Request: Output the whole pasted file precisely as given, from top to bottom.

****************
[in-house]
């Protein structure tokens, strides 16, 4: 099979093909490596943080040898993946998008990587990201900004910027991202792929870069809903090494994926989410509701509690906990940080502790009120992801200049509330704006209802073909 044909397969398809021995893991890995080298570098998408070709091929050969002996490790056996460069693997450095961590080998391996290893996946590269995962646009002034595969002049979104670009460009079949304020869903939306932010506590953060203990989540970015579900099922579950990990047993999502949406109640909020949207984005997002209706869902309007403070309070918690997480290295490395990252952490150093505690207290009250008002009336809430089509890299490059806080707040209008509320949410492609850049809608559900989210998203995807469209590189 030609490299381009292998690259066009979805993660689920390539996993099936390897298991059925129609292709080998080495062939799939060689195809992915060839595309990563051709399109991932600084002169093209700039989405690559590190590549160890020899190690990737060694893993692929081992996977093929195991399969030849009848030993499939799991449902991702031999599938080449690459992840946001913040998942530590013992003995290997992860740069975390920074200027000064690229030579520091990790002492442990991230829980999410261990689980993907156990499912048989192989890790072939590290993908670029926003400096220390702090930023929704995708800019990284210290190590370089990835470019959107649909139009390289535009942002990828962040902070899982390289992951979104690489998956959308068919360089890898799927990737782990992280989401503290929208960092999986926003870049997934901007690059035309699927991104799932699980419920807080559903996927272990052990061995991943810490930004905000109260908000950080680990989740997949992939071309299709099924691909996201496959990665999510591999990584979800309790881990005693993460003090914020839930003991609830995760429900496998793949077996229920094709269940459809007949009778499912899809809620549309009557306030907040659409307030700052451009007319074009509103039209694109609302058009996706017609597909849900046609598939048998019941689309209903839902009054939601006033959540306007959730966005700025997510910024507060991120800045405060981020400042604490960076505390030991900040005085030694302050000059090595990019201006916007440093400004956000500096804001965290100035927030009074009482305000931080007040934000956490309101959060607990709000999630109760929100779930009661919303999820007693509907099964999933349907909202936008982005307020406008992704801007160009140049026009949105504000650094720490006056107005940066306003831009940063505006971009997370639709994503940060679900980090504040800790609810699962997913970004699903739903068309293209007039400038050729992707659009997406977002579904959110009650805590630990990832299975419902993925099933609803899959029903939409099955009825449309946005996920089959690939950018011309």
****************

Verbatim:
[in-house]
């Protein structure tokens, strides 16, 4: 099979093909490596943080040898993946998008990587990201900004910027991202792929870069809903090494994926989410509701509690906990940080502790009120992801200049509330704006209802073909 044909397969398809021995893991890995080298570098998408070709091929050969002996490790056996460069693997450095961590080998391996290893996946590269995962646009002034595969002049979104670009460009079949304020869903939306932010506590953060203990989540970015579900099922579950990990047993999502949406109640909020949207984005997002209706869902309007403070309070918690997480290295490395990252952490150093505690207290009250008002009336809430089509890299490059806080707040209008509320949410492609850049809608559900989210998203995807469209590189 030609490299381009292998690259066009979805993660689920390539996993099936390897298991059925129609292709080998080495062939799939060689195809992915060839595309990563051709399109991932600084002169093209700039989405690559590190590549160890020899190690990737060694893993692929081992996977093929195991399969030849009848030993499939799991449902991702031999599938080449690459992840946001913040998942530590013992003995290997992860740069975390920074200027000064690229030579520091990790002492442990991230829980999410261990689980993907156990499912048989192989890790072939590290993908670029926003400096220390702090930023929704995708800019990284210290190590370089990835470019959107649909139009390289535009942002990828962040902070899982390289992951979104690489998956959308068919360089890898799927990737782990992280989401503290929208960092999986926003870049997934901007690059035309699927991104799932699980419920807080559903996927272990052990061995991943810490930004905000109260908000950080680990989740997949992939071309299709099924691909996201496959990665999510591999990584979800309790881990005693993460003090914020839930003991609830995760429900496998793949077996229920094709269940459809007949009778499912899809809620549309009557306030907040659409307030700052451009007319074009509103039209694109609302058009996706017609597909849900046609598939048998019941689309209903839902009054939601006033959540306007959730966005700025997510910024507060991120800045405060981020400042604490960076505390030991900040005085030694302050000059090595990019201006916007440093400004956000500096804001965290100035927030009074009482305000931080007040934000956490309101959060607990709000999630109760929100779930009661919303999820007693509907099964999933349907909202936008982005307020406008992704801007160009140049026009949105504000650094720490006056107005940066306003831009940063505006971009997370639709994503940060679900980090504040800790609810699962997913970004699903739903068309293209007039400038050729992707659009997406977002579904959110009650805590630990990832299975419902993925099933609803899959029903939409099955009825449309946005996920089959690939950018011309």